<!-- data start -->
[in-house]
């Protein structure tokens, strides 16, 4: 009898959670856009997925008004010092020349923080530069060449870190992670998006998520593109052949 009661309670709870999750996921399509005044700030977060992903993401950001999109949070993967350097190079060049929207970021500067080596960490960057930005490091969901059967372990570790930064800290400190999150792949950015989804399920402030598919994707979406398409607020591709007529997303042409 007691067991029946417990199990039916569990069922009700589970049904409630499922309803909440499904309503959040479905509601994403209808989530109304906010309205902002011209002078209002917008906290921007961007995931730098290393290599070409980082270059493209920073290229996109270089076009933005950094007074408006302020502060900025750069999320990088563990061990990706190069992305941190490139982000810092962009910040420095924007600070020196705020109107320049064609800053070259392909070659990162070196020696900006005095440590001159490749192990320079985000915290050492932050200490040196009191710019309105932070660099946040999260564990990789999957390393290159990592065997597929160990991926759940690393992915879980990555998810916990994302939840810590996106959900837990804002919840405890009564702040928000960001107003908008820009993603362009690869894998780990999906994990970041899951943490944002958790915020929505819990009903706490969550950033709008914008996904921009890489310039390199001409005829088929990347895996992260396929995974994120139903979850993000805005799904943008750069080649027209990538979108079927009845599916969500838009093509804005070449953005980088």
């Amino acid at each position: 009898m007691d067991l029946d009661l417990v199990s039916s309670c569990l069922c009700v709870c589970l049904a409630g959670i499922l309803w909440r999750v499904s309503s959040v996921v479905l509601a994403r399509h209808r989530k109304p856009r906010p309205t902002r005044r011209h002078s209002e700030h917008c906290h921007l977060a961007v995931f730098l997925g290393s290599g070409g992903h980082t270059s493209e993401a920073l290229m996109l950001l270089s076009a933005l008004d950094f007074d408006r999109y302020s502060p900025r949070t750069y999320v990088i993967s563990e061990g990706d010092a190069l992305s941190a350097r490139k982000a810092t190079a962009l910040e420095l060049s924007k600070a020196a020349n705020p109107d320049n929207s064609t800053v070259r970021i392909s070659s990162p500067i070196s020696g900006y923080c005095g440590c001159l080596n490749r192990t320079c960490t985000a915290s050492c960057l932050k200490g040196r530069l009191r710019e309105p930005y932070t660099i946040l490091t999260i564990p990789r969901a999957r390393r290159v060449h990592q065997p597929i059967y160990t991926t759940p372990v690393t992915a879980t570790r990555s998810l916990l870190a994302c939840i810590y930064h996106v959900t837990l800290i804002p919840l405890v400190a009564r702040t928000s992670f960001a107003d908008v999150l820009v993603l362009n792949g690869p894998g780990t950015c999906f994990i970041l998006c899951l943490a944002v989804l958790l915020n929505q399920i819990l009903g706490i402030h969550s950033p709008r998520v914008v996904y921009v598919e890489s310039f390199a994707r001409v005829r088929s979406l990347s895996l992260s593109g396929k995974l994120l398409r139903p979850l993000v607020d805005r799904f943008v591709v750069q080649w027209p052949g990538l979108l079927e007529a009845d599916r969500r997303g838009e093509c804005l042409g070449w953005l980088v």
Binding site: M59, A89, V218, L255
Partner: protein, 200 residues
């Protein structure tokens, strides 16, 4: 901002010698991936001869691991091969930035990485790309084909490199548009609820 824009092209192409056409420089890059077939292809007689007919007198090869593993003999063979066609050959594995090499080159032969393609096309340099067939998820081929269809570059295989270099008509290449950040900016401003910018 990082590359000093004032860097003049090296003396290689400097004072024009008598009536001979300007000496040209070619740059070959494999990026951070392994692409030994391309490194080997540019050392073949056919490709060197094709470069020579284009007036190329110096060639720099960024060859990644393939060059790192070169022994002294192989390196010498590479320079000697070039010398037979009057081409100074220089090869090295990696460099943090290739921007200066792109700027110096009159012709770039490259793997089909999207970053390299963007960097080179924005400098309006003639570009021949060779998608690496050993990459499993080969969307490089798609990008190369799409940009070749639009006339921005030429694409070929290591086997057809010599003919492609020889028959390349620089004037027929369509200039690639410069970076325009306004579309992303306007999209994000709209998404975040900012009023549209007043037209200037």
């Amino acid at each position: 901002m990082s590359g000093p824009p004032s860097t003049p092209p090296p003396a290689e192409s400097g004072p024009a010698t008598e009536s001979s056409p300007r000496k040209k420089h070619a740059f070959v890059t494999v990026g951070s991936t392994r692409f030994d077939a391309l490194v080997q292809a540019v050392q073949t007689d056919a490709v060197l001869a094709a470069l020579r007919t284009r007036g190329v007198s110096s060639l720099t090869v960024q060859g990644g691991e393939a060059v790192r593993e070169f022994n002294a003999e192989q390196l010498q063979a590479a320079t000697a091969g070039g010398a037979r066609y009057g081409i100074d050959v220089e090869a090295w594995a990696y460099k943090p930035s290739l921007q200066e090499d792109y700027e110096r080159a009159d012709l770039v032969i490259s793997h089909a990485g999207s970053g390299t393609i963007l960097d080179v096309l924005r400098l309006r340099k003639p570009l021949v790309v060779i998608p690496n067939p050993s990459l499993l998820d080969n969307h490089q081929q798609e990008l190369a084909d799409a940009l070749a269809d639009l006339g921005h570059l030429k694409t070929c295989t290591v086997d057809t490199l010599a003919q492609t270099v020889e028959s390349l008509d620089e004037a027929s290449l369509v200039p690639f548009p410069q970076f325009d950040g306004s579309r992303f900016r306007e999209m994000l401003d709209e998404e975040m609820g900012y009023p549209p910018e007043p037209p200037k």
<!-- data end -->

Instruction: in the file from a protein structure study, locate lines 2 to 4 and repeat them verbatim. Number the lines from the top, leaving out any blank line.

């Protein structure tokens, strides 16, 4: 009898959670856009997925008004010092020349923080530069060449870190992670998006998520593109052949 009661309670709870999750996921399509005044700030977060992903993401950001999109949070993967350097190079060049929207970021500067080596960490960057930005490091969901059967372990570790930064800290400190999150792949950015989804399920402030598919994707979406398409607020591709007529997303042409 007691067991029946417990199990039916569990069922009700589970049904409630499922309803909440499904309503959040479905509601994403209808989530109304906010309205902002011209002078209002917008906290921007961007995931730098290393290599070409980082270059493209920073290229996109270089076009933005950094007074408006302020502060900025750069999320990088563990061990990706190069992305941190490139982000810092962009910040420095924007600070020196705020109107320049064609800053070259392909070659990162070196020696900006005095440590001159490749192990320079985000915290050492932050200490040196009191710019309105932070660099946040999260564990990789999957390393290159990592065997597929160990991926759940690393992915879980990555998810916990994302939840810590996106959900837990804002919840405890009564702040928000960001107003908008820009993603362009690869894998780990999906994990970041899951943490944002958790915020929505819990009903706490969550950033709008914008996904921009890489310039390199001409005829088929990347895996992260396929995974994120139903979850993000805005799904943008750069080649027209990538979108079927009845599916969500838009093509804005070449953005980088």
């Amino acid at each position: 009898m007691d067991l029946d009661l417990v199990s039916s309670c569990l069922c009700v709870c589970l049904a409630g959670i499922l309803w909440r999750v499904s309503s959040v996921v479905l509601a994403r399509h209808r989530k109304p856009r906010p309205t902002r005044r011209h002078s209002e700030h917008c906290h921007l977060a961007v995931f730098l997925g290393s290599g070409g992903h980082t270059s493209e993401a920073l290229m996109l950001l270089s076009a933005l008004d950094f007074d408006r999109y302020s502060p900025r949070t750069y999320v990088i993967s563990e061990g990706d010092a190069l992305s941190a350097r490139k982000a810092t190079a962009l910040e420095l060049s924007k600070a020196a020349n705020p109107d320049n929207s064609t800053v070259r970021i392909s070659s990162p500067i070196s020696g900006y923080c005095g440590c001159l080596n490749r192990t320079c960490t985000a915290s050492c960057l932050k200490g040196r530069l009191r710019e309105p930005y932070t660099i946040l490091t999260i564990p990789r969901a999957r390393r290159v060449h990592q065997p597929i059967y160990t991926t759940p372990v690393t992915a879980t570790r990555s998810l916990l870190a994302c939840i810590y930064h996106v959900t837990l800290i804002p919840l405890v400190a009564r702040t928000s992670f960001a107003d908008v999150l820009v993603l362009n792949g690869p894998g780990t950015c999906f994990i970041l998006c899951l943490a944002v989804l958790l915020n929505q399920i819990l009903g706490i402030h969550s950033p709008r998520v914008v996904y921009v598919e890489s310039f390199a994707r001409v005829r088929s979406l990347s895996l992260s593109g396929k995974l994120l398409r139903p979850l993000v607020d805005r799904f943008v591709v750069q080649w027209p052949g990538l979108l079927e007529a009845d599916r969500r997303g838009e093509c804005l042409g070449w953005l980088v």
Binding site: M59, A89, V218, L255